Sometimes my ideas come from nothing more than a word and a lot of "what ifing." From there I build the plot and characters in my head. When I have it imagined, I give it a title and write a few paragraphs. I go back to it now and then while I working on a current book I want to finish next, just to keep the plot fresh in my mind. Once I get a chapter or two written the characters take over. When I run up against something I don't know I look it up on the internet or in that old-fashioned thing called a reference book. Another asset is my memory. I do forget the little details but they can always recreated when I am writing. If a plot doesn't materialize or I realize that my idea wasn't as good as I originally thought, I simply hit the delete button. I have enough ideas to last me the rest of my life. I don't know how long that will be. I am 70 years old and in fair health. But only God knows how long I'll be here. One thing I can say, I shall be writing as long as I can sit up and talk.

7. “I think I have a good idea for a story, but I don't know where or how to begin. Your process may not work for me. Any advice?”

Just write. Any excess can be removed in the editing process. The first draft is called a rough draft for a reason. Some important things your book should have is a plot that flows smoothly from one scene to the next. When you are changing scenes be sure to use a transition. Also you need to mind the grammar, spelling and punctuation. And please, for the sake of your readers, be sure your dialogue is properly attributed to the character speaking. As a reader I hate to have to go back and figure out who is speaking so I can make sense of the story.

8. I saw an amusing T-shirt the other day which read, “Every great idea I have gets me in trouble.” What is your philosophy of life?

My T-shirt reads, "Be careful or you'll end up in my novel." I have several "guides" to live by. One is from the Bible. Don't ask for chapter and verse because I never remember them. I'll paraphrase it as best I can: As much as it is up to you, live peaceably with all people. Then there is "Live and let live." "A soft answer turns away wrath," and "Once you have passed through the refining fire, you will come out as pure gold," also from the Bible. I save mad for special occasions. Anger takes too much energy. Try to improve yourself each day.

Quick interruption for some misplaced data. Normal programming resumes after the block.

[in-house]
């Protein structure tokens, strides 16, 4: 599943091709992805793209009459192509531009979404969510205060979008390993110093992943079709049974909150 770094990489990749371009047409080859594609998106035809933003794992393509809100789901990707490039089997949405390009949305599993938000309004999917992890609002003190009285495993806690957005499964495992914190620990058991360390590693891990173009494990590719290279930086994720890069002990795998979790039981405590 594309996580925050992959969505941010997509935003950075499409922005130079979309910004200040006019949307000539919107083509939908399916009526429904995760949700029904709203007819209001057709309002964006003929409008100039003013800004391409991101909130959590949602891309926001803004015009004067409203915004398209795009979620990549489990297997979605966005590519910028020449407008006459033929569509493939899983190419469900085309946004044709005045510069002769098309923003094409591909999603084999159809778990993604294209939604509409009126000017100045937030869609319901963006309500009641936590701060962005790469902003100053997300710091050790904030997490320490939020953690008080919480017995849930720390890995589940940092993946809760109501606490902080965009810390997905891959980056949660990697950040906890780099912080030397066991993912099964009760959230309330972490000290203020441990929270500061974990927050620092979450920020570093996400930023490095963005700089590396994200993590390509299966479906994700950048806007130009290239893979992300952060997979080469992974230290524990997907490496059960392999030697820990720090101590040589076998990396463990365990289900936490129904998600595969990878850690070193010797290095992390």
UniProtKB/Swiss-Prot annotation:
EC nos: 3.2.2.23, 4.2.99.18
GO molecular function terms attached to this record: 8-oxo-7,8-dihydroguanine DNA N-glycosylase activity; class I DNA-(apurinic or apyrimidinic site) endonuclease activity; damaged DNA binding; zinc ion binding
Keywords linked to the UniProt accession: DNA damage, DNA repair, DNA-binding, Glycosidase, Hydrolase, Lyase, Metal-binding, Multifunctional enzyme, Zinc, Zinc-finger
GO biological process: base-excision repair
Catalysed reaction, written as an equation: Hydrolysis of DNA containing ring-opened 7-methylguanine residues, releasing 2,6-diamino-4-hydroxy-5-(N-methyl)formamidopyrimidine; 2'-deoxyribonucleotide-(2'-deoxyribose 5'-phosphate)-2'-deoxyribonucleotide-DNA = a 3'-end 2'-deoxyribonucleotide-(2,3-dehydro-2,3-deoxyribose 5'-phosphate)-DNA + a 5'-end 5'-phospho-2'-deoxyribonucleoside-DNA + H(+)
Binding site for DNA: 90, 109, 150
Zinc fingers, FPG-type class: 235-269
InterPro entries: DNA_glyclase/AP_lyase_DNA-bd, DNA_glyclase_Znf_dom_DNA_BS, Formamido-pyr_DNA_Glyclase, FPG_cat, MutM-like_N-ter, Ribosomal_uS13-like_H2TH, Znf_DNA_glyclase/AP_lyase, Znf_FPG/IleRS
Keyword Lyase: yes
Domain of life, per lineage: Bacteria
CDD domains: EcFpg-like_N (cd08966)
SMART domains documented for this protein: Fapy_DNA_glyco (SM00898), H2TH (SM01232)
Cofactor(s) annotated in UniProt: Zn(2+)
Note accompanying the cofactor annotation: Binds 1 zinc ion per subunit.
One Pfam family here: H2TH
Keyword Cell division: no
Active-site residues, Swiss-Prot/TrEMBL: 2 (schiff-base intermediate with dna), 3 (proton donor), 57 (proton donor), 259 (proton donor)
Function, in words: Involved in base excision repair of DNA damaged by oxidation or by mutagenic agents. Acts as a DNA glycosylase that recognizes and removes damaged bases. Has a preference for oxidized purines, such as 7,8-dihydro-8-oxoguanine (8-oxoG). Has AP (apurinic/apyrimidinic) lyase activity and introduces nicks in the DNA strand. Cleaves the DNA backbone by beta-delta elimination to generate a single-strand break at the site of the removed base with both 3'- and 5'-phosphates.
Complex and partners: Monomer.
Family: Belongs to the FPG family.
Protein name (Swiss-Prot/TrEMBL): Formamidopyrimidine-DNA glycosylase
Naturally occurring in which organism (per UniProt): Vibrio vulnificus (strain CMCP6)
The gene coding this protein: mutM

9. Please tell me you're not going to stop writing? What's next for you?

As I already stated, I'll quit when I can no longer use the computer. I'll quit when they pry my mouse from my cold, dead fingers. Currently I am working on a western/romance, A Cowboy's Love. I am also putting together an anthology of my poetry, Poetry from A to Z. Then there are all those other ideas and books written in notebooks over thepast thirty years.

10. Where can people find more information on you and your projects?

I have a web site at though I haven't written much on it lately. I have spent a lot of time over the past few months going to medical appointments. I actually don't have any appointments in September so I might actually get some writing done.

Excerpt from Fires of Revenge:

In the kitchen, one look out the window told him his truck was on fire. "That gas tank is full. It'll blow sky high." He ripped the fire extinguisher from its mount by the door to the basement and aimed it at the fire that spread across the kitchen floor. The arsonist had broken a pane from one of the French doors and poured gasoline onto the ceramic tiles.

Sam used the fire extinguisher to put out the fire and to break the glass and framework to one of the doors. "Get out of here," he ordered. "Don't stop until you are safely away. I'm right behind you."

They were crossing the flagstone patio when the truck blew, sending a fireball fifty feet in the air. While the house blocked some of the blast it was not enough protection. The force of the explosion came through the kitchen and lifted both Sam and Amy from their feet. They landed in a bed of leaves as a hail of flaming debris fell around them.

Sam stumbled to his feet and lifted Amy to hers just as gunfire came from the corner of the yard near the alley. "The son-of-a-b**** was waiting for us! Go!"